Brooklyn Bridge Architectural Wire Art Sculpture Model

Brooklyn Bridge Architectural Wire Art Sculpture Model
Item# DI3109017
$99.95
Sorry, not currently available,

Product Description

SOLD OUT - RETIRED DESIGN

13.6 x 2.8 x 4.7"

This artistic interpretation of the Brooklyn Bridge is a hand tied and hand decorated sculpture in wire worthy of display on the most impressive desk, cabinet, or dining table. It is one of the Doodles Destinations Series of architectural landmarks. It is quite sturdy and solid, not really flexible at all.

The Brooklyn Bridge is one of the oldest suspension bridges in the United States, stretching 5,989 feet over the East River, connecting the New York City boroughs of Manhattan and Brooklyn. Upon completion in 1883, it was the longest suspension bridge in the world, the first steel-wire suspension bridge, and the first bridge to connect to Long Island.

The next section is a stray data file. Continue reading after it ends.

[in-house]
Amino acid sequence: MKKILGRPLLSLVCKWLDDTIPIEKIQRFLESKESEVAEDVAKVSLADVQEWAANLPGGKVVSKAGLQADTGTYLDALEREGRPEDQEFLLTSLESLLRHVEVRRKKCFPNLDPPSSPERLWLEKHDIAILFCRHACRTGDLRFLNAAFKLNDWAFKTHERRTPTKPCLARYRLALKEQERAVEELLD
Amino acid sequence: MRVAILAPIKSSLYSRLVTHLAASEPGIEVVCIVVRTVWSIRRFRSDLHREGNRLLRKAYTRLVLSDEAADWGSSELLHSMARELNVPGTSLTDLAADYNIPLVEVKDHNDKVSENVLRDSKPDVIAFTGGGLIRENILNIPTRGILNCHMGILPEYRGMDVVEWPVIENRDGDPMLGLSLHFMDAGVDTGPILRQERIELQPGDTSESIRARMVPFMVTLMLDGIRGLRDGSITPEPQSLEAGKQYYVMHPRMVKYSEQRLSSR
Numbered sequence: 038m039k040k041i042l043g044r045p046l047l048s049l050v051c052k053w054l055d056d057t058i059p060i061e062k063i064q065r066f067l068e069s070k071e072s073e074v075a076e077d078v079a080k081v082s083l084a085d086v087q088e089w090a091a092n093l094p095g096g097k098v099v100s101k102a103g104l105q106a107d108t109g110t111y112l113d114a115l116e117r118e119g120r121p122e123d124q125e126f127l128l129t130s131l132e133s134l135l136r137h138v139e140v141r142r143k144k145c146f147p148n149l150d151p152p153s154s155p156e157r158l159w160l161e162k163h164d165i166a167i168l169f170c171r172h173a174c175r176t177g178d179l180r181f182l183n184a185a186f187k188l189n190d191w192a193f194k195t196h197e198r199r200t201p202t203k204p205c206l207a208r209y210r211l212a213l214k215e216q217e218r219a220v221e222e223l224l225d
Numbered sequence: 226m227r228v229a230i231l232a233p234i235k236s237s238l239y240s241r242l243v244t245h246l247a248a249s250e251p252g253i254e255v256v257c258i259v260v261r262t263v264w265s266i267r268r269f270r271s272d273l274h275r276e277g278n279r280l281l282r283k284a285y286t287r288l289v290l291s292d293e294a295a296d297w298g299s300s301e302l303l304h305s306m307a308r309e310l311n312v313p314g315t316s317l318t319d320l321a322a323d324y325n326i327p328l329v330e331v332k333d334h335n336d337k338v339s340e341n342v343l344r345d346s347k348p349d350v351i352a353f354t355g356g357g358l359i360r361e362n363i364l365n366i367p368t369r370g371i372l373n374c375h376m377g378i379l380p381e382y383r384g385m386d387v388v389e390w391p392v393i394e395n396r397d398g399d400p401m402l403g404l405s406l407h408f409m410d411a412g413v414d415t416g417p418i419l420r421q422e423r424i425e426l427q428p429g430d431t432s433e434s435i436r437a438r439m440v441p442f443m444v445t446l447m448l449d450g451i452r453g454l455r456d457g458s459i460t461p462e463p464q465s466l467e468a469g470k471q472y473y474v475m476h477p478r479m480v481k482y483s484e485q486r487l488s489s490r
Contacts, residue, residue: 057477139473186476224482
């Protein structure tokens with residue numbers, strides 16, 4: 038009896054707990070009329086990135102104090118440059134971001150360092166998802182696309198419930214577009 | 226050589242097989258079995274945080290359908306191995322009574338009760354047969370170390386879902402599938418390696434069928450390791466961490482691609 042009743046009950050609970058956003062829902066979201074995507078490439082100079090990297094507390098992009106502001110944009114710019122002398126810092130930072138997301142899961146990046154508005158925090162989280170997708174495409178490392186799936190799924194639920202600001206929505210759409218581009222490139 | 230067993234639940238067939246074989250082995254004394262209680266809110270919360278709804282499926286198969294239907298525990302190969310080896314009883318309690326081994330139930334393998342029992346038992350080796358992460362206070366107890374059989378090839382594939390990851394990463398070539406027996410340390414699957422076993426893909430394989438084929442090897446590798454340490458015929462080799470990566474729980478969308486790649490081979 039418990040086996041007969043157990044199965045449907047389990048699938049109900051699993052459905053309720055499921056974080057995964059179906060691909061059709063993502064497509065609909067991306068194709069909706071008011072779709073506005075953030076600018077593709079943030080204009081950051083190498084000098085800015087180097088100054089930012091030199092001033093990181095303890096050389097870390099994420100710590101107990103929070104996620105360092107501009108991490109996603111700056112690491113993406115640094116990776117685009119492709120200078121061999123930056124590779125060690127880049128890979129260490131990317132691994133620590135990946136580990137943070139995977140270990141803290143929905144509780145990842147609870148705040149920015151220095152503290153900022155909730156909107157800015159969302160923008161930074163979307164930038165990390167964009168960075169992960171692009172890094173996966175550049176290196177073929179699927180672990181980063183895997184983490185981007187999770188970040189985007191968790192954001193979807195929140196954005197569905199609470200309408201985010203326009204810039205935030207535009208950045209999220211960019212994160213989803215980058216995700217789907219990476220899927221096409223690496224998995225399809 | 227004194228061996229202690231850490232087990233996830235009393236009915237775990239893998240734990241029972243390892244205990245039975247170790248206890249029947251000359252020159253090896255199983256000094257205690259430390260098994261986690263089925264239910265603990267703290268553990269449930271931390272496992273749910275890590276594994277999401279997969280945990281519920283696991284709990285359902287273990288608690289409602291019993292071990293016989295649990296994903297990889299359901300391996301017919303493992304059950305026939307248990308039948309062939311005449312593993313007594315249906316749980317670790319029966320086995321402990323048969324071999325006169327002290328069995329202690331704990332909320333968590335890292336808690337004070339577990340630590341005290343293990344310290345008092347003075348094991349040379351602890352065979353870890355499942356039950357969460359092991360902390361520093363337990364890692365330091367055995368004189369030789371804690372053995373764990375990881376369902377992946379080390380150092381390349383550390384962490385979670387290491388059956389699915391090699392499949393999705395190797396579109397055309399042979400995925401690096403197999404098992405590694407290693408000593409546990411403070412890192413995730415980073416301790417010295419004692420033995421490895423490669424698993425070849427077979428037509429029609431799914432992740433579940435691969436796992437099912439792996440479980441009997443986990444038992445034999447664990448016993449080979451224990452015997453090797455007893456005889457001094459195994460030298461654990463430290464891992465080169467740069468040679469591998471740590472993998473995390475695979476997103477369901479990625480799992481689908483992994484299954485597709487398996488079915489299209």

At the time it opened, it was the longest suspension bridge in the world 50% longer than any previously built and it has become a treasured landmark. For several years the towers were the tallest structures in the Western Hemisphere. Since the 1980s, it has been floodlit at night to highlight its architectural features. The towers are built of limestone, granite, and Rosendale cement. Their architectural style is neo-Gothic, with characteristic pointed arches above the passageways through the stone towers.

The Brooklyn Bridge opened to great fanfare in May 1883. The names of John Roebling, Washington Roebling, and Emily Warren Roebling are inscribed on the structure as its builders. John Roebling designed it with three separate systems managing even unanticipated structural stresses. The bridge has a suspension system, a diagonal stay system, and a stiffening truss. "Roebling himself famously said if anything happens to one of [his] systems, 'The bridge may sag, but it will not fall.'"

Since its opening, it has become an iconic part of the New York skyline. It was designated a National Historic Landmark in 1964.

(some information adapted from Wikipedia: The Free Encyclopedia)